has rele%ance not for the human bein& as an indi%idual of the human species but for the human
bein& as a personal subject( !he human bein& as an indi%idual of the species is a human bein& and
remains a human bein& re&ardless of the system of interpersonal or social relations( !he human
bein& as a personal subject, on the other hand, can e,perience alienation, or a "ind of
-dehumani6ation,. in these relations( !hat is +hy in !he )ctin& Person I treat participation
primarily as a property by %irtue of +hich human bein&s, +hile e,istin& and actin& to&ether +ith
others, that is, in %arious systems of interpersonal and social relations, are able to be themsel%es and
to fulfill themsel%es( Participation is in a sense the antithesis of alienation( When I say in !he
)ctin& Person that participation is a distincti%e property of the human bein& as a person, I mean that
people tend to+ard participation, +hereas they defend themsel%es a&ainst alienation, and that the
basis for both participation and alienation is not people<s essence as members of the human species
but their personal subjecti%ity(
In reflectin& on community, therefore, +e should not attach fundamental si&nificance to the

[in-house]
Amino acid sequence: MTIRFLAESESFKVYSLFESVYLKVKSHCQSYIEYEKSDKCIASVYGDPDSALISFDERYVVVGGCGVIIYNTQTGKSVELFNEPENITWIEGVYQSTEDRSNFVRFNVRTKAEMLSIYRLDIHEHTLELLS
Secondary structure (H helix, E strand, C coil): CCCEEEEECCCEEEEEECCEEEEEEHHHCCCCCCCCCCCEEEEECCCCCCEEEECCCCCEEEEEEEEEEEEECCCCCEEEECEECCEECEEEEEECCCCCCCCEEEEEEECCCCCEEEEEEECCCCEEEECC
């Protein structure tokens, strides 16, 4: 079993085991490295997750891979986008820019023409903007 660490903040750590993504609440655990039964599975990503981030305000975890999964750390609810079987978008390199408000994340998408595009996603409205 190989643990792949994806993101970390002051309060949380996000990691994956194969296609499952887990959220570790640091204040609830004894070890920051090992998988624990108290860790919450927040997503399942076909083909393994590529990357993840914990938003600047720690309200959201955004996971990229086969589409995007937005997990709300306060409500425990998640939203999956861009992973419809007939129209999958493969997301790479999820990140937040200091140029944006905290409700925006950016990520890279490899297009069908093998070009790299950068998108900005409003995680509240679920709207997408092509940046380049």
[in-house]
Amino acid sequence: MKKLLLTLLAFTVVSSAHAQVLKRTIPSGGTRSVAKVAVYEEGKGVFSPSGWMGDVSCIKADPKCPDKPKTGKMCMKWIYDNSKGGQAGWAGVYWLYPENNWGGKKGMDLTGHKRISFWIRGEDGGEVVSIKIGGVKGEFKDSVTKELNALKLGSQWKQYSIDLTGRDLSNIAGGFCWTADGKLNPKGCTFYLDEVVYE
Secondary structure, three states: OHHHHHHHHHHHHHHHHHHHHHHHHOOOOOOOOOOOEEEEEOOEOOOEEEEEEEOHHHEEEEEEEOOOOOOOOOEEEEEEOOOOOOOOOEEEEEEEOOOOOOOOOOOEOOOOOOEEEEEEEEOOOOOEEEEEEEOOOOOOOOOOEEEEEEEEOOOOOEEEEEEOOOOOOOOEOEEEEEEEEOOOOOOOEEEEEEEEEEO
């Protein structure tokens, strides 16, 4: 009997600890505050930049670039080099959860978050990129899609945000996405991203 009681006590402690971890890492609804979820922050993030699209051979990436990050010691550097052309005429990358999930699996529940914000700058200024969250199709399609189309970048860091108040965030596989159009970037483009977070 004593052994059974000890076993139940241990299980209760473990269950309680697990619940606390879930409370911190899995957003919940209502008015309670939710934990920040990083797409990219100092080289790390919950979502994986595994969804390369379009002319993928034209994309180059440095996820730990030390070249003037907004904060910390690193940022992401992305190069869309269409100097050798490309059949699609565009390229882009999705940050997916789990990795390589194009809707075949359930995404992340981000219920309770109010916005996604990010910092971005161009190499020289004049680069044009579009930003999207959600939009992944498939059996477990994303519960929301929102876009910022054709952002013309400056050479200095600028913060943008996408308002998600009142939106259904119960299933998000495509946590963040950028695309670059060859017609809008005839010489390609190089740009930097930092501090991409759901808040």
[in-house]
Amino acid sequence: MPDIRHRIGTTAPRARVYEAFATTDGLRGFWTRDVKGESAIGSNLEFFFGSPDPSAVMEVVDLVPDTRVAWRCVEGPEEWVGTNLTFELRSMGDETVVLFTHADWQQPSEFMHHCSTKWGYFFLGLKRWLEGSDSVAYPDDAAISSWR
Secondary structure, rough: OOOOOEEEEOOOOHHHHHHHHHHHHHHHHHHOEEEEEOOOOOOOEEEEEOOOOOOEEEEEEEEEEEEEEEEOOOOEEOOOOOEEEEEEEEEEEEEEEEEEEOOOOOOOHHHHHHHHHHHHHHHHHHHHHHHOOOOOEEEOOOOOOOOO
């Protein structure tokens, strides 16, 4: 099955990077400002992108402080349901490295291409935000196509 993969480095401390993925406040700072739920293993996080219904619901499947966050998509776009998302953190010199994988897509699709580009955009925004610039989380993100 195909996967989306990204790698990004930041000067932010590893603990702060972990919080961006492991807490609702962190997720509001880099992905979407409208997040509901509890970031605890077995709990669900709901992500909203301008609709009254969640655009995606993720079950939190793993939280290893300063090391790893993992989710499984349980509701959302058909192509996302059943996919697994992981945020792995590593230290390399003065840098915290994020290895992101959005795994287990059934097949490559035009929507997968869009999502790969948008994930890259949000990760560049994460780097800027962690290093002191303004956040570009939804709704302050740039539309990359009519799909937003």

-material. fact that people li%e and act -to&ether +ith others(. )s a -material. fact, it still says
nothin& about community but spea"s only of a multiplicity of bein&s, of actin& subjects, +ho are
people( !he -material. fact of a number of people e,istin& and actin& to&ether, or3as I put it in my
analyses in !he )ctin& Person3of the human bein& e,istin& and actin& to&ether +ith others, is still
not a community( *y community I understand not this multiplicity of subjects itself, but al+ays the
specific unity of this multiplicity( !his unity is accidental +ith respect to each subject indi%idually
and to all of them to&ether( It arises as the relation or sum of relations e,istin& bet+een them( !hese
relations can be in%esti&ated as an objecti%e reality that 1ualifies e%eryone jointly and sin&ly in a
particular multiplicity of people( We then spea" of a society 4or, usin& other terminolo&y, of social
&roups, etc(5( #nly the indi%idual people3the personal subjects3+ho are the members of this
society are substantial subjects 4supposita5, each of them separately, +hereas the society itself is
simply a set of relations, and therefore an accidental bein&( In the notion of society, ho+e%er, this
accidental bein& in some sense comes to the fore and becomes the basis for predication concernin&
the people, the persons, +ho belon& to the society( We then spea" of a person from the point of %ie+
of his or her social membership, e(&(, a Pole, a Catholic, a member of the middle;class, a blue;collar
+or"er(
!his same relation or set of relations throu&h +hich a particular multiplicity of people3of personal
subjects3forms a social unity may be e,amined not so much as an objecti%e reality that 1ualifies
e%eryone jointly and sin&ly in this multiplicity, but rather from the perspecti%e of the consciousness